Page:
Locations, host organizations and programs vary
By Michael Turton
“Center” may be the key word in the ongoing and at times animated community-wide discussion of the need for a local senior citizens center. Currently, programs and services offered to older residents are anything but centralized – and are offered in a number of locales through the auspices of several organizations.
The current dispersed nature of services to seniors was summarized by Amber Stickle, director of recreation for the Town of Philipstown. “They really want a place of their own. There is no centralized place where seniors can get information,” she said. “And information sharing among those working with seniors could be better.”
Recreation Department programs for seniors, those 62 years of age or older, are based at the Claudio Marzollo Community Center in Garrison. Seniors merit a full page in the department’s fall 2013 activity guide, including three new fitness programs – Fit for Life, Yoga and Zumba, all of which have already proven popular. Mahjong is offered year round.
The department also hosts five special seniors’ lunches per year – attended by 70 to 90 people each according to Stickle. Alternate-week bus trips to Walmart and ShopRite in Fishkill are also offered as is transportation to the Foodtown Plaza in Cold Spring. Friends in Service Helping (FISH) offers seniors individualized transportation to medical appointments, however Stickle said the program is struggling due to a shortage of volunteers.
Putnam County Office for the Aging
The Putnam County Office for the Aging (OFA) is one of the main providers of programs for local seniors and defines that audience as those 60 years of age and older. Ed Cleary, an Outreach Worker with OFA, works out of a satellite office in the VFW Hall on Kemble Avenue in Cold Spring, helping to implement programs in Philipstown. “The Nutrition Program offers seniors free, hot lunches at the Friendship Center,” Cleary said.
The Friendship Center is located in the American Legion Hall on Cedar Street. That program operates year round, except July and August, and welcomes from 40 to 70 participants daily. Activities such as bingo, pool, cards and Wii bowling are available before and after lunch. Mid-day meals are also delivered to local home-bound seniors.
OFA also conducts shopping trips to Fishkill and Foodtown Plaza, provides seniors with transportation to medical appointments and helps residents who need assistance with Medicare. Cleary said “Goodwill” calls are also made to local seniors who are ill. Numerous other programs and services are offered out of OFA’s main office in Carmel.
Philipstown Seniors, an organization that boasts 120 members, meets on the first Thursday of each month at Chestnut Ridge. The organization’s President, Phil Schatzle, said that the meetings, which are “a mix of business and socializing … are usually attended by about 80 members,” all of whom are 60 years of age or older. Guest speakers are often part of the meetings, including most recently, candidates in the election for Putnam County sheriff. Schatzle said that bus trips are one of the organization’s signature programs.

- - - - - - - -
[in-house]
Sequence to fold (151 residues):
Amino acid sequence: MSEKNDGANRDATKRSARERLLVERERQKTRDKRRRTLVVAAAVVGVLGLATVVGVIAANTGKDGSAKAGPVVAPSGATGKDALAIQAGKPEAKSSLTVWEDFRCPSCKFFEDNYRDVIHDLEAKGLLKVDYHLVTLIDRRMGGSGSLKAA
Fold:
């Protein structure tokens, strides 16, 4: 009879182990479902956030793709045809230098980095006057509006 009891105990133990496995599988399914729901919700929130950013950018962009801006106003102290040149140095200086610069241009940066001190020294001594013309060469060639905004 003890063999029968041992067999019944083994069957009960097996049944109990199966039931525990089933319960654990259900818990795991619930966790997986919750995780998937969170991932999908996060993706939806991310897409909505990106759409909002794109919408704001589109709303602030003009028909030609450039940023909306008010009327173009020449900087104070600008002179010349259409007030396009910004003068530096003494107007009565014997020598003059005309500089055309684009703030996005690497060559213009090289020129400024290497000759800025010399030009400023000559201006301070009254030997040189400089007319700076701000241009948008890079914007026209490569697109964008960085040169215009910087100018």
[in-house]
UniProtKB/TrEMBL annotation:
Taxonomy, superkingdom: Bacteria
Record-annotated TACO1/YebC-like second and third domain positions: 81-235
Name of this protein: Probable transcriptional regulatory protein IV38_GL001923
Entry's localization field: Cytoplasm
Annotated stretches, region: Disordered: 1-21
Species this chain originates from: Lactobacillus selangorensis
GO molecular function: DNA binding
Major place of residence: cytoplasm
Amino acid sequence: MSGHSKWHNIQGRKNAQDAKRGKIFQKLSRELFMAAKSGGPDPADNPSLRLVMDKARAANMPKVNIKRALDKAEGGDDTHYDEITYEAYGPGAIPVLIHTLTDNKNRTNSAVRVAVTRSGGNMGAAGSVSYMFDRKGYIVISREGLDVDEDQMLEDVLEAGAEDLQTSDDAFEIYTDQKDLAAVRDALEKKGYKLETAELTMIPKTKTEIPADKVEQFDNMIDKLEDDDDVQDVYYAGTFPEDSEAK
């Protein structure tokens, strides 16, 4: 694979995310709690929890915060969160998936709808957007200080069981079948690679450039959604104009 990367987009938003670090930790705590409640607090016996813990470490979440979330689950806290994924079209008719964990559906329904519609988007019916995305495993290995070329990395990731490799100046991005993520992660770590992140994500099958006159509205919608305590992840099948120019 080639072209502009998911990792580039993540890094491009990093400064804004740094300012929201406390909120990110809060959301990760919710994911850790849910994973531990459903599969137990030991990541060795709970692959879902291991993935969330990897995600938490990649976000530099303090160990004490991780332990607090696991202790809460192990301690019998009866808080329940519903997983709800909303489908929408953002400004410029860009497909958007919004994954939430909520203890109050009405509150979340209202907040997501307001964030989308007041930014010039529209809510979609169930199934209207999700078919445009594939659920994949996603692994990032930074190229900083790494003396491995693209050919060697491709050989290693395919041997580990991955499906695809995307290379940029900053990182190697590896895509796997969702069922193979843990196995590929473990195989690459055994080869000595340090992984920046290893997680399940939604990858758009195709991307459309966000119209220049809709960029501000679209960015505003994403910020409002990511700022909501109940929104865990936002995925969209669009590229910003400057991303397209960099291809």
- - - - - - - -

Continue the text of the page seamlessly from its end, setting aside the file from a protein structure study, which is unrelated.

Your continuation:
“Putnam County provides the bus for each trip,” he said, with members picking up the cost of their own ticket – ranging from as little as $10 to $350. Destinations include such places as Cape Cod, Mohegan Sun Casino and New York City. The group also hosts a number of special luncheons each year, centered mainly on holidays. “We also have a very good rapport with Haldane School,” Schatzle said.
Members receive free admission to all Haldane sports events, plays and music concerts. Schatzle and fellow member Terry Ridpath, also act as instructors in a driver education program open to members and local residents alike – at a very reasonable AARP rate of $19.
Donna Anderson, trip coordinator for the group, told The Paper that each spring, for more than 10 years, the Cold Spring Lions Club has hosted an annual dinner for Philipstown Seniors at the Methodist Church on Main Street. Anderson said that it is strictly a social event, open to all seniors in Philipstown.
At the libraries
While local libraries don’t necessarily design programs specifically for seniors, they do have services and programs that are often of great interest to older residents. Gillian Thorpe, director of the Butterfield Library in Cold Spring, said that book clubs and garden clubs that meet at the library are good examples.
She also delivers library materials to housebound seniors. “And with seniors turning to the Internet more and more for information, our staff offers computer training – though not restricted just to seniors,” Thorpe said. Butterfield Library has helped seniors with their tax returns. Thorpe said seniors would benefit from programs offering assistance in other areas of personal finance as well.
One area where Thorpe would like to expand programs is in training programs for seniors at Chestnut Ridge – specifically in the use of iPads because in Thorpes’ words, “that technology is simpler than computers.” Other libraries with seniors’ programs have also caught her eye. As part of “Senior Net” offered in the Kent library, seniors instruct other seniors; and in Fishkill, “Geek Squads” of young people work with seniors, teaching them various aspects of information technology.
The story is much the same at the Desmond-Fish Library in Garrison. “A lot of seniors use our tech help programs on Friday and Saturday,” Library Director Carol Donick said. Donick added that seniors also make up a good portion of the audience at guest lecture programs and talks given by authors. A group that specializes in knitting, quilting and other needlework meets at the library regularly and also includes a large number of seniors.
Photos by M. Turton